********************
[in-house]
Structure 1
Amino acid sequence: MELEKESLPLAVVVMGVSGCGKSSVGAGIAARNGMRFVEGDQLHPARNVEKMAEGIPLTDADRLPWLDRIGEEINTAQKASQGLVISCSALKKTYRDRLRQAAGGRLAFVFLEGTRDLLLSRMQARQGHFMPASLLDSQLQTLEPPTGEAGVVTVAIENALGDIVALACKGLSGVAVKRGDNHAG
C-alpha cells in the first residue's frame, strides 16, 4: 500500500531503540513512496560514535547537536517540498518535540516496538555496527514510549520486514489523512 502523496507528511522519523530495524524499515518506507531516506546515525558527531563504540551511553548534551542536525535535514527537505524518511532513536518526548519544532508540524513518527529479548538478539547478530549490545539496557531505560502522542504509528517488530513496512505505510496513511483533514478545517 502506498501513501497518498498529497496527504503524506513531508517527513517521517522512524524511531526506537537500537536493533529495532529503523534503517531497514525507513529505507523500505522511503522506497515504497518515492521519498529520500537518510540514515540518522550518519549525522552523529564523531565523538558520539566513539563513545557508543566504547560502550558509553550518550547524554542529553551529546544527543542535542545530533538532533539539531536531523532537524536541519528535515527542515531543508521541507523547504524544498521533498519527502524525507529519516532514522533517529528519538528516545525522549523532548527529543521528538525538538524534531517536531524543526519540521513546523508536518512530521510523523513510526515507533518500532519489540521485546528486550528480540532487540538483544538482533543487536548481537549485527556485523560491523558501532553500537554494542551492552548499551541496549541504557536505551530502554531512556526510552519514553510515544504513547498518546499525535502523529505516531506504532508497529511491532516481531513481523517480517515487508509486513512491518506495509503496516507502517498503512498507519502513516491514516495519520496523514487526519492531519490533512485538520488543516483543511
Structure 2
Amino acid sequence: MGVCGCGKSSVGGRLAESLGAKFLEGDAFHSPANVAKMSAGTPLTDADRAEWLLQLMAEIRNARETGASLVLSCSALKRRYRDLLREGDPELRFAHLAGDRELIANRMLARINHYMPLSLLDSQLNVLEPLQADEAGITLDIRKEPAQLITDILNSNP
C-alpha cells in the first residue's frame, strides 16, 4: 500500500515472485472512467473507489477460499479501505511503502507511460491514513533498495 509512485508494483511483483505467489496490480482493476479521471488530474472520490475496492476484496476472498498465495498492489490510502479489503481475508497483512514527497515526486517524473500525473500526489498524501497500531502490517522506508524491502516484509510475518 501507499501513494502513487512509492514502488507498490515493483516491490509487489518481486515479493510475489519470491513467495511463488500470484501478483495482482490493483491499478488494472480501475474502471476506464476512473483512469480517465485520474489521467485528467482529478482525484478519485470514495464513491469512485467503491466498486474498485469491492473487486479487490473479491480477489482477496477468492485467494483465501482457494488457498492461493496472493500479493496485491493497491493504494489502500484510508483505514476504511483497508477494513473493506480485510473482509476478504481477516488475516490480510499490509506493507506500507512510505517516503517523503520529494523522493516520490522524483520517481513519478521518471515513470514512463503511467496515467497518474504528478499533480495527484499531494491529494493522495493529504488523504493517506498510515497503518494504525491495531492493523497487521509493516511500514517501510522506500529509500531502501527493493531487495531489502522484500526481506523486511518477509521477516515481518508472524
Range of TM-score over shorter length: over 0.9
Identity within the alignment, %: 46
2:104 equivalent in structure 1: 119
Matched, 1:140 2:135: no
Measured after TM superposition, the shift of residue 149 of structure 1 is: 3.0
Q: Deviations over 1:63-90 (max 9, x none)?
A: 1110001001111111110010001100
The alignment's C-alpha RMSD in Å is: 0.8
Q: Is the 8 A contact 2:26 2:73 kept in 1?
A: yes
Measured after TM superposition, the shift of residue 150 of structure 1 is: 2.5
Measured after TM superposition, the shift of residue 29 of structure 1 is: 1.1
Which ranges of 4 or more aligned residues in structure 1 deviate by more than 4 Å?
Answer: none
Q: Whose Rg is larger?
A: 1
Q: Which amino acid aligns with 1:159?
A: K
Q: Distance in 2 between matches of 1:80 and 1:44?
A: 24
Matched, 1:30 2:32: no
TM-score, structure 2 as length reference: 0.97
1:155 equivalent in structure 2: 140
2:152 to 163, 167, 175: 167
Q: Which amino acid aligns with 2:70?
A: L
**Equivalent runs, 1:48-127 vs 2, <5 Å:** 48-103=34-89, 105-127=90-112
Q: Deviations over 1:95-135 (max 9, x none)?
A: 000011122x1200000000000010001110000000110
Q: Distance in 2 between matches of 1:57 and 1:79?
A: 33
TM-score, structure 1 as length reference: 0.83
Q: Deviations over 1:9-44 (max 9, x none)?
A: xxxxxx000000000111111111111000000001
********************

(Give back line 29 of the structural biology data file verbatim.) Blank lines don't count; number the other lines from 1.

TM-score, structure 2 as length reference: 0.97